“It’s an active process,” Brown said.

Mayor Riley Hill asked for clarity about whether the new chief would take on the purge or if the interim could do the purge.

Brown stated that after several conversations with them, the primary focus of the interim chief will be to give Cooper the ability to provide “extra hands on deck.”

“Right now we’re having trouble just keeping up with the intake of new evidence and we are running out of space for that, but the main goal is to find an entity to come take care of asap.”

Hill asked about whether a such a big build-up of old items could be avoided in the future, and how long the city has to keep items after a trial is over.

Brown said part of that needs to be built into standard operating procedures, the intake and regular purging of items, with each having its own retention requirements.

Cooper expanded on this, stating that each piece of evidence has to receive a disposition from the district attorney.

“They are the authorizing agent that allows us to release it back to the owner to destroy and get rid of that evidence,” he said. “That’s a process.”

Cooper further explained that the severity or type of crime also played a role in determining how long the department has to retain evidence.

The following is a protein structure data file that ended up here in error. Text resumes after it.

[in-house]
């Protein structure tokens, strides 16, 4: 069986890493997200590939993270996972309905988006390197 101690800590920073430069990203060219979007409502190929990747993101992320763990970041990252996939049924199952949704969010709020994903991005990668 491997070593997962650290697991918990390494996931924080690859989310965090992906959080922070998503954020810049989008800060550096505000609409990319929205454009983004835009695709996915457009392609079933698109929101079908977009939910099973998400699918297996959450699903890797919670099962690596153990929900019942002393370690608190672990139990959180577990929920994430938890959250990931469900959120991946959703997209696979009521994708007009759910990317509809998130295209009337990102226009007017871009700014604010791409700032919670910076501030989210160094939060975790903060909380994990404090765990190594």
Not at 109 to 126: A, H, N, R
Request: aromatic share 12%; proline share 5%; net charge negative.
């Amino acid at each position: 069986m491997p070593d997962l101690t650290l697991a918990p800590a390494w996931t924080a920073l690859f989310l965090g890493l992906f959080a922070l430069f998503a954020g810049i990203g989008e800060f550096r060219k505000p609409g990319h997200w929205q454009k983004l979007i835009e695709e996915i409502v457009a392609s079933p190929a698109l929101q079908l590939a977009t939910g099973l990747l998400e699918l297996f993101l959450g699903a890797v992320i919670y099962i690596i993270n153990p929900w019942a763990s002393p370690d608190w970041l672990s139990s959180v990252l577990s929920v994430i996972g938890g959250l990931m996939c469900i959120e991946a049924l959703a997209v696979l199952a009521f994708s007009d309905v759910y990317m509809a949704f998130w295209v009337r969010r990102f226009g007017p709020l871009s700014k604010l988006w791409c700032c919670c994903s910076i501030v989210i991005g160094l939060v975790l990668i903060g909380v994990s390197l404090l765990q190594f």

“There are certain cases which have timelines where they are appealed, and we have to maintain that evidence until time passes,” he said.

Hill further asked whether the DA had to be prompted to submit the needed paperwork, or if there was some kind of automatic notification in place.

Cooper said it’s a combination thereof, but added that he didn’t have a definitive answer.

“Sometimes we get dispositions, sometimes that office is busy. There may be a disposition that exists, but they just didn’t get it to us. They may have it on record and did not provide it to us. We may have to ask, like sometimes if a property owner wants [an item] down the road, it might prompt a discussion between the DA and us.

Hill also asked how long the purge could take and how much it might cost.

“I can’t provide that,” Cooper stated. “We have to research a lot of factors that tie in.”

This would include the size of the team, he said, adding that more people would drive up the cost, but could be necessary in order to get the purge done faster.

“Our goal is to get something done as soon as possible,” Brown added.